What will happen to all of the U.S. military bases after TEXIT?

Texas is currently home to 15 military installations with an economic impact of around $150 billion. However, the military installations account for only $14 billion in federal payroll spending in Texas. In addition, there are currently more than 118,000 Texans on active duty status across all branches of the military. These are not insignificant figures.

However, it is important not to conflate the issues of military presence and political union. The United States maintains nearly 800 military bases in more than 70 countries and territories abroad. No one would argue that those 70 countries are in a political union with the United States due to the presence of a U.S. military base, nor would anyone argue that they should be. The presence of these military bases on foreign soil is solely about shared defense concerns and security interests. It does not imply any further political connection.

After a Texit, Texas may not share a government with the rest of the United States, but we will still share defense and national security concerns. International military cooperation has been a cornerstone of U.S. defense policy since the Second World War and, while it has been suggested that there should be some reforms, the underlying policy is unlikely to change, especially close to home.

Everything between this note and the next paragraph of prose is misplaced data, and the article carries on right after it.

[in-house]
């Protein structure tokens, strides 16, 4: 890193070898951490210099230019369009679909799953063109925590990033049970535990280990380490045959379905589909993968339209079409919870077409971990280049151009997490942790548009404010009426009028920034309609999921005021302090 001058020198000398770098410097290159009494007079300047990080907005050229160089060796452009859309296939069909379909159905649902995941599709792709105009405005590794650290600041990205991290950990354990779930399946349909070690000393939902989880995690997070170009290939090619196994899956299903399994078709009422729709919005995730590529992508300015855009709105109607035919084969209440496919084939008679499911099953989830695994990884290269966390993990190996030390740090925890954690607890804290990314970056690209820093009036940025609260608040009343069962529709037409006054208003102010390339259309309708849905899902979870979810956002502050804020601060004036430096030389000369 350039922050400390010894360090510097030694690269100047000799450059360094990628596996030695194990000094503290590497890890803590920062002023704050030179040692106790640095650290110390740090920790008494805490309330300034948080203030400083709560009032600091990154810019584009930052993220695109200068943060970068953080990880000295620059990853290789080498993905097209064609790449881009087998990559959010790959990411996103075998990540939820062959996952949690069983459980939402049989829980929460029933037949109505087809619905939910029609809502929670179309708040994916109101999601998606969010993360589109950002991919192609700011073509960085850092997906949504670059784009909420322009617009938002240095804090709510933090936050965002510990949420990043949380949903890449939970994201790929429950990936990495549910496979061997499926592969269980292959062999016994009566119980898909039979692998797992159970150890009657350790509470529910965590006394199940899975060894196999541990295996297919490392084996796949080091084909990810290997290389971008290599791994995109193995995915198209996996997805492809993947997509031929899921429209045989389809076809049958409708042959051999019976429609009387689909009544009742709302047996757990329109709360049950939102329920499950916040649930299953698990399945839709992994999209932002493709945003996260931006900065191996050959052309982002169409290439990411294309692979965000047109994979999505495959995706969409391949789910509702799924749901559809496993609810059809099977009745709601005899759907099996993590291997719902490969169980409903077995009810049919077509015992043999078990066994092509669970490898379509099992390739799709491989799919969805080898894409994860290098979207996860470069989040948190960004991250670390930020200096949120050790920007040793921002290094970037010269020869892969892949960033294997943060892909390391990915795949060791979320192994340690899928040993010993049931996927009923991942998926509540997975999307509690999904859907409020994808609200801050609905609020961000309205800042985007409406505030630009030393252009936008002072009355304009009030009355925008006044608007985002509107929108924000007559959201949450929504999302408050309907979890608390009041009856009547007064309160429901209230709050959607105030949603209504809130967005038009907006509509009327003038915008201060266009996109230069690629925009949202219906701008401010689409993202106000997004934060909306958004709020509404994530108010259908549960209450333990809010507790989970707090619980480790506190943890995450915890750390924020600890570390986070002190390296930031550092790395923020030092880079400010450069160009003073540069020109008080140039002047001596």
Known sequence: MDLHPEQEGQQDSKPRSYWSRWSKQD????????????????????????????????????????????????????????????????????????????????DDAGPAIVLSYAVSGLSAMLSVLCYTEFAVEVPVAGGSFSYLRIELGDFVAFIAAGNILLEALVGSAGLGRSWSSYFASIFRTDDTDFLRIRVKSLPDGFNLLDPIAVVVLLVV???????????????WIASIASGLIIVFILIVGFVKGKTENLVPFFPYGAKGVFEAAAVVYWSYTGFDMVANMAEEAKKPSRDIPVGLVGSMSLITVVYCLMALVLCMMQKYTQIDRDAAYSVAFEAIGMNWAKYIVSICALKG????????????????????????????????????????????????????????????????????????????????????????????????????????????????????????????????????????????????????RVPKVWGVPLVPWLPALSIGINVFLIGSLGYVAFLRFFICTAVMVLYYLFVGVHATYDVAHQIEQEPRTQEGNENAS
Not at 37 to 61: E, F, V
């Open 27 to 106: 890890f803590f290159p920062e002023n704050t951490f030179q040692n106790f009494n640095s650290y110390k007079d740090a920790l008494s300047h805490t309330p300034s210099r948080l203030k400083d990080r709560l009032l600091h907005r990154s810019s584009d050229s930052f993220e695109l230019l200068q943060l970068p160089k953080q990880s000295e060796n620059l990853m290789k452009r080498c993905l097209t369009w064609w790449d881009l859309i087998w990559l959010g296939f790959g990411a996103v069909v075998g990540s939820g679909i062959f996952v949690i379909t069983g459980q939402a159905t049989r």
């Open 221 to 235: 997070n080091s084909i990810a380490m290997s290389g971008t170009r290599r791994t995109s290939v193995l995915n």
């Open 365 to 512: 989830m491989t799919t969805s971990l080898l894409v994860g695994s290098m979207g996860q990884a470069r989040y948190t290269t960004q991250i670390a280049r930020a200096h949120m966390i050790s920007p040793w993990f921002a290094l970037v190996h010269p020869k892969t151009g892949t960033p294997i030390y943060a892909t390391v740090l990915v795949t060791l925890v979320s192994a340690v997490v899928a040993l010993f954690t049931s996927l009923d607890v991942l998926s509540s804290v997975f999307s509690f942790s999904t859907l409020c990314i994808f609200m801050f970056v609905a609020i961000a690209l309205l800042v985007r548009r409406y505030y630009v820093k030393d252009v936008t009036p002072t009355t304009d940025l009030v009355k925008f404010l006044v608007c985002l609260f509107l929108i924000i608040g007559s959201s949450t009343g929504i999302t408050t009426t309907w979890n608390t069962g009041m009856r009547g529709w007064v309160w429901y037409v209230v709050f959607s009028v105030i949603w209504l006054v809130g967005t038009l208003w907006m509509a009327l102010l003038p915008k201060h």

It is, therefore, highly probable that Texas would enter into a mutual defense pact with the United States that includes joint use and operation of existing military bases and facilities in Texas or their full transfer to the Texas Military Department. As a part of any mutual defense pact, Texas will likely have to pledge to spend a set percentage of its GDP on national defense, much like the reforms proposed for NATO. In return, the United States should guarantee the availability of military arms and equipment for tariff-free purchase by manufacturers in the United States and vice versa. Texas should stipulate that the mutual defense pact should only extend to commonly agreed defense concerns.

Any mutual defense pact of this nature could set a transition period where things essentially stay as they are now, operating under a joint command until such time as the already established Texas Military Forces are at full readiness.

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